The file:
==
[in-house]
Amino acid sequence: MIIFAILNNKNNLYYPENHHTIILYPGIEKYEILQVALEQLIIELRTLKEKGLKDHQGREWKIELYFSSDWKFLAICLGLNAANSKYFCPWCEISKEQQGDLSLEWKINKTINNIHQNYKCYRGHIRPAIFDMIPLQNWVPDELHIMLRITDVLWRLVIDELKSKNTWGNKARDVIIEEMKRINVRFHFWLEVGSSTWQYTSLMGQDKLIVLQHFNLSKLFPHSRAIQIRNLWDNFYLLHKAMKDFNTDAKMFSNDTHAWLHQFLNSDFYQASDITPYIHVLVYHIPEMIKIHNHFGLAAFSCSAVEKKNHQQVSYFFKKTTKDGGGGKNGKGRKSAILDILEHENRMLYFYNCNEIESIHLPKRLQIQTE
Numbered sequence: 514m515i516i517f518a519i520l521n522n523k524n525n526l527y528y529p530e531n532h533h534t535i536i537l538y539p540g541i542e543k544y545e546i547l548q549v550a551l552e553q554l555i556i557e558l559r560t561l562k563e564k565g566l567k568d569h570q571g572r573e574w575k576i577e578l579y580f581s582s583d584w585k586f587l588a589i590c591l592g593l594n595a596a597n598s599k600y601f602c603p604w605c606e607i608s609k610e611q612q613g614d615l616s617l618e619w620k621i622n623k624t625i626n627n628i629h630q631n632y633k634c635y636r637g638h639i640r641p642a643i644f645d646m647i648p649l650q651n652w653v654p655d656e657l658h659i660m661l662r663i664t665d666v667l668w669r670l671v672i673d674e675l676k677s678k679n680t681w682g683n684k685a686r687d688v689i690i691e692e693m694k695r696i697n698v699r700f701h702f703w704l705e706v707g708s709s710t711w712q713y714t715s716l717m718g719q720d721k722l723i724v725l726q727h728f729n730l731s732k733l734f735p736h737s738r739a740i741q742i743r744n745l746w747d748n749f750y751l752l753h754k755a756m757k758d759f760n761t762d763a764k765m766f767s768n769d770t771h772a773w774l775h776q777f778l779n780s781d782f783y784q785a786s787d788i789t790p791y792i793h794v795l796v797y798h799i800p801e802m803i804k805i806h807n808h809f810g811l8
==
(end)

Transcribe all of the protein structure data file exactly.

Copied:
[in-house]
Amino acid sequence: MIIFAILNNKNNLYYPENHHTIILYPGIEKYEILQVALEQLIIELRTLKEKGLKDHQGREWKIELYFSSDWKFLAICLGLNAANSKYFCPWCEISKEQQGDLSLEWKINKTINNIHQNYKCYRGHIRPAIFDMIPLQNWVPDELHIMLRITDVLWRLVIDELKSKNTWGNKARDVIIEEMKRINVRFHFWLEVGSSTWQYTSLMGQDKLIVLQHFNLSKLFPHSRAIQIRNLWDNFYLLHKAMKDFNTDAKMFSNDTHAWLHQFLNSDFYQASDITPYIHVLVYHIPEMIKIHNHFGLAAFSCSAVEKKNHQQVSYFFKKTTKDGGGGKNGKGRKSAILDILEHENRMLYFYNCNEIESIHLPKRLQIQTE
Numbered sequence: 514m515i516i517f518a519i520l521n522n523k524n525n526l527y528y529p530e531n532h533h534t535i536i537l538y539p540g541i542e543k544y545e546i547l548q549v550a551l552e553q554l555i556i557e558l559r560t561l562k563e564k565g566l567k568d569h570q571g572r573e574w575k576i577e578l579y580f581s582s583d584w585k586f587l588a589i590c591l592g593l594n595a596a597n598s599k600y601f602c603p604w605c606e607i608s609k610e611q612q613g614d615l616s617l618e619w620k621i622n623k624t625i626n627n628i629h630q631n632y633k634c635y636r637g638h639i640r641p642a643i644f645d646m647i648p649l650q651n652w653v654p655d656e657l658h659i660m661l662r663i664t665d666v667l668w669r670l671v672i673d674e675l676k677s678k679n680t681w682g683n684k685a686r687d688v689i690i691e692e693m694k695r696i697n698v699r700f701h702f703w704l705e706v707g708s709s710t711w712q713y714t715s716l717m718g719q720d721k722l723i724v725l726q727h728f729n730l731s732k733l734f735p736h737s738r739a740i741q742i743r744n745l746w747d748n749f750y751l752l753h754k755a756m757k758d759f760n761t762d763a764k765m766f767s768n769d770t771h772a773w774l775h776q777f778l779n780s781d782f783y784q785a786s787d788i789t790p791y792i793h794v795l796v797y798h799i800p801e802m803i804k805i806h807n808h809f810g811l8